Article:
Municipal water demand in the West, according to Gary Woodard of Montgomery and Associates in Tucson, has become decoupled from population growth. Here’s a teaser from a talk he’s giving next month in Tucson:
The talk, entitled “The surprising slide in domestic demand: Be careful what you wish for,” focuses on the declines in municipal water demand in the Southwest, which have occurred over the past 30 years for both indoor and outdoor uses. Because this declining trend has often exceeded population growth, utilities are now delivering less water to more people. Woodard will discuss the factors that have profoundly affected demand — higher efficiency standards for appliances and fixtures, the declining appeal of turf and pools, the growing interest in sustainability, and shifting household demographics. He will also discuss the consequences of this trend and their implications for those who were planning for growing — not declining — demands.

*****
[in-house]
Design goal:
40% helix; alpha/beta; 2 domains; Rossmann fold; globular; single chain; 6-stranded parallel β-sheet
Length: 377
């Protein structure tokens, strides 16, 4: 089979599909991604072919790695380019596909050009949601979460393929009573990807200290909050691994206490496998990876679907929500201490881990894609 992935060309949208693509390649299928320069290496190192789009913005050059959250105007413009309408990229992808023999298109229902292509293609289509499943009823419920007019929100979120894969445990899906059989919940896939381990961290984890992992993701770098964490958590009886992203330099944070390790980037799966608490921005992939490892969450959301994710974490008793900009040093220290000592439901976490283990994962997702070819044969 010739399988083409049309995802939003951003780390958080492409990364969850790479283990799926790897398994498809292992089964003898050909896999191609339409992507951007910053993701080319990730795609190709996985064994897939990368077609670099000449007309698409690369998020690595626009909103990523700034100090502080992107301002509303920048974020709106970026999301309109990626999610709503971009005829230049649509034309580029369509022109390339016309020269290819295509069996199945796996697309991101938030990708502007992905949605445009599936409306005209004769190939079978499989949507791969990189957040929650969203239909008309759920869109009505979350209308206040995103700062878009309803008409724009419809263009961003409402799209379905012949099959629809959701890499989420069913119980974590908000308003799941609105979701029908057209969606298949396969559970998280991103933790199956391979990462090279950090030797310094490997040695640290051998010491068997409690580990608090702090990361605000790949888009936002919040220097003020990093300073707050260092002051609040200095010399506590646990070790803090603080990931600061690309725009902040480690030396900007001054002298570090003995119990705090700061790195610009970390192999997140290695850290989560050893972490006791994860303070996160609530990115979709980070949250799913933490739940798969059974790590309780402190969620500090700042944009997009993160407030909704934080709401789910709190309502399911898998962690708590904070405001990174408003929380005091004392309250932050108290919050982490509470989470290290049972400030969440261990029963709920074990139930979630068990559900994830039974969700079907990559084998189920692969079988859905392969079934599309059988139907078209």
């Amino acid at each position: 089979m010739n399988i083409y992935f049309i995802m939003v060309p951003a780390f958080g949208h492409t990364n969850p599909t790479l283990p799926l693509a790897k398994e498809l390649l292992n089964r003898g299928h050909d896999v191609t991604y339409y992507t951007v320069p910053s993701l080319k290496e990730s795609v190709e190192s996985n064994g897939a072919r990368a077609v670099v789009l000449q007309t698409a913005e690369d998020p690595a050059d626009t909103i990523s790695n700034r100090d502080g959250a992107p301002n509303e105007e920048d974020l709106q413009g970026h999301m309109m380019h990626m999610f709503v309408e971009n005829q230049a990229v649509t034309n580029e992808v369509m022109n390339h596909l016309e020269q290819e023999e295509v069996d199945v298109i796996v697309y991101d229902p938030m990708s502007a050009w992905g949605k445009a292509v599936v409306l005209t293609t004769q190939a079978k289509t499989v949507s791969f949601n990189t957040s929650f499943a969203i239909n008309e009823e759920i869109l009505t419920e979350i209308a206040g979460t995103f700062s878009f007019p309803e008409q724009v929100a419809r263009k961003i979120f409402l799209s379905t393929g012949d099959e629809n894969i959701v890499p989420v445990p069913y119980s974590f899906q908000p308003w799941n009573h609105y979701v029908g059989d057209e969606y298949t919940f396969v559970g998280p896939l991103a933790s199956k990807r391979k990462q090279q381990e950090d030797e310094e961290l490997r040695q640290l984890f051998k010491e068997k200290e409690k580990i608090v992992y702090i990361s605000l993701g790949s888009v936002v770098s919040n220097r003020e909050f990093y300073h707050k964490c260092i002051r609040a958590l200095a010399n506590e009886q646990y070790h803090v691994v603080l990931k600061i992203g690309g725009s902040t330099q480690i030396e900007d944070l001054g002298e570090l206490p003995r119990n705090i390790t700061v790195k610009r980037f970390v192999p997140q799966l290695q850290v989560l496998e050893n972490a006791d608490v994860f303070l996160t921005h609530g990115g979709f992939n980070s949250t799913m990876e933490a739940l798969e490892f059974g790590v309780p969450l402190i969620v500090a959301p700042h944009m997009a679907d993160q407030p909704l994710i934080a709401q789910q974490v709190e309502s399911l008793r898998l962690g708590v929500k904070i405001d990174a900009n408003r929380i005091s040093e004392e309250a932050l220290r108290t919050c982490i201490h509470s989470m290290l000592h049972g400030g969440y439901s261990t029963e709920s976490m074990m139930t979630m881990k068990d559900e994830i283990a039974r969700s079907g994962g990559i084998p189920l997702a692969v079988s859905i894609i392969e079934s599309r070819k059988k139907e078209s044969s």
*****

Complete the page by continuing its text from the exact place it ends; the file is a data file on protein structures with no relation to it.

Whatever the reasons, water use in metro Denver has dipped to 40-year lows.
The total amount residents used in December decreased to 3.19 billion gallons, and in January to 3.36 billion gallons — down from previous winter highs topping 4 billion gallons, utility officials said.
The last time December use dropped this low was in 1973 when Denver had 350,000 fewer people.